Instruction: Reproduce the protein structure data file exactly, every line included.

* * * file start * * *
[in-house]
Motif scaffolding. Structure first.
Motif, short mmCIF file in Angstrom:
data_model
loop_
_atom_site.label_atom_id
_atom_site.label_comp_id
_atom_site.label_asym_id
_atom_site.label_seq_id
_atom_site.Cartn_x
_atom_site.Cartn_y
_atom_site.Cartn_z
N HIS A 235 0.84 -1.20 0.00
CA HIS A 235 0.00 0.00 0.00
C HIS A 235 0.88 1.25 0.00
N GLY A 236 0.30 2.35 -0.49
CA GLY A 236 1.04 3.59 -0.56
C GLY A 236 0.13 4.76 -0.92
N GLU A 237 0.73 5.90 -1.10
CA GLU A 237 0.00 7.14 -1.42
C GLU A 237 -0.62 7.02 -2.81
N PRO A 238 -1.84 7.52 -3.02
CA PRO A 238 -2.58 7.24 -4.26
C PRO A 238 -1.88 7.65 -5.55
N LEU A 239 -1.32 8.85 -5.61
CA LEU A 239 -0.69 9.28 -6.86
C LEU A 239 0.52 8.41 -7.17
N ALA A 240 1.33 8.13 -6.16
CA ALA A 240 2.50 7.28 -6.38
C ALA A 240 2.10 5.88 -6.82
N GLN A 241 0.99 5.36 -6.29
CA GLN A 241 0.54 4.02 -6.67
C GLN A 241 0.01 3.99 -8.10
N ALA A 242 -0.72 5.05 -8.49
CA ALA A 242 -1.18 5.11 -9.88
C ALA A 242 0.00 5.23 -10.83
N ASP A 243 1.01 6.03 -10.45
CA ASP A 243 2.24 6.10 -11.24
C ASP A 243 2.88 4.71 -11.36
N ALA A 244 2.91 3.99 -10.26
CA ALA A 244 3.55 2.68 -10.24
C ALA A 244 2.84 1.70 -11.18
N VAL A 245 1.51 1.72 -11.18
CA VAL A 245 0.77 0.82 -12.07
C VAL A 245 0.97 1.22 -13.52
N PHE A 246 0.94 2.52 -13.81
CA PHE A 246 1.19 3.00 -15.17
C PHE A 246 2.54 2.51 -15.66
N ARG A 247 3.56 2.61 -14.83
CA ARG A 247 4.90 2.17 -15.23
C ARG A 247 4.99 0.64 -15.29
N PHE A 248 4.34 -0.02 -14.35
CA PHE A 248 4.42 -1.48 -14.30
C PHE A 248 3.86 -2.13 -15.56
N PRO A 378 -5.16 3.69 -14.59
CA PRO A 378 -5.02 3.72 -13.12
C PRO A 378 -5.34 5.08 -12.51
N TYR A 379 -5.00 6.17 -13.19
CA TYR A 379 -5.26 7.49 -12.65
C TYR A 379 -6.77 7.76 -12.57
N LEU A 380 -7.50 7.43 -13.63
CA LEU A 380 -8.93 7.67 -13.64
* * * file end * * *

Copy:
[in-house]
Motif scaffolding. Structure first.
Motif, short mmCIF file in Angstrom:
data_model
loop_
_atom_site.label_atom_id
_atom_site.label_comp_id
_atom_site.label_asym_id
_atom_site.label_seq_id
_atom_site.Cartn_x
_atom_site.Cartn_y
_atom_site.Cartn_z
N HIS A 235 0.84 -1.20 0.00
CA HIS A 235 0.00 0.00 0.00
C HIS A 235 0.88 1.25 0.00
N GLY A 236 0.30 2.35 -0.49
CA GLY A 236 1.04 3.59 -0.56
C GLY A 236 0.13 4.76 -0.92
N GLU A 237 0.73 5.90 -1.10
CA GLU A 237 0.00 7.14 -1.42
C GLU A 237 -0.62 7.02 -2.81
N PRO A 238 -1.84 7.52 -3.02
CA PRO A 238 -2.58 7.24 -4.26
C PRO A 238 -1.88 7.65 -5.55
N LEU A 239 -1.32 8.85 -5.61
CA LEU A 239 -0.69 9.28 -6.86
C LEU A 239 0.52 8.41 -7.17
N ALA A 240 1.33 8.13 -6.16
CA ALA A 240 2.50 7.28 -6.38
C ALA A 240 2.10 5.88 -6.82
N GLN A 241 0.99 5.36 -6.29
CA GLN A 241 0.54 4.02 -6.67
C GLN A 241 0.01 3.99 -8.10
N ALA A 242 -0.72 5.05 -8.49
CA ALA A 242 -1.18 5.11 -9.88
C ALA A 242 0.00 5.23 -10.83
N ASP A 243 1.01 6.03 -10.45
CA ASP A 243 2.24 6.10 -11.24
C ASP A 243 2.88 4.71 -11.36
N ALA A 244 2.91 3.99 -10.26
CA ALA A 244 3.55 2.68 -10.24
C ALA A 244 2.84 1.70 -11.18
N VAL A 245 1.51 1.72 -11.18
CA VAL A 245 0.77 0.82 -12.07
C VAL A 245 0.97 1.22 -13.52
N PHE A 246 0.94 2.52 -13.81
CA PHE A 246 1.19 3.00 -15.17
C PHE A 246 2.54 2.51 -15.66
N ARG A 247 3.56 2.61 -14.83
CA ARG A 247 4.90 2.17 -15.23
C ARG A 247 4.99 0.64 -15.29
N PHE A 248 4.34 -0.02 -14.35
CA PHE A 248 4.42 -1.48 -14.30
C PHE A 248 3.86 -2.13 -15.56
N PRO A 378 -5.16 3.69 -14.59
CA PRO A 378 -5.02 3.72 -13.12
C PRO A 378 -5.34 5.08 -12.51
N TYR A 379 -5.00 6.17 -13.19
CA TYR A 379 -5.26 7.49 -12.65
C TYR A 379 -6.77 7.76 -12.57
N LEU A 380 -7.50 7.43 -13.63
CA LEU A 380 -8.93 7.67 -13.64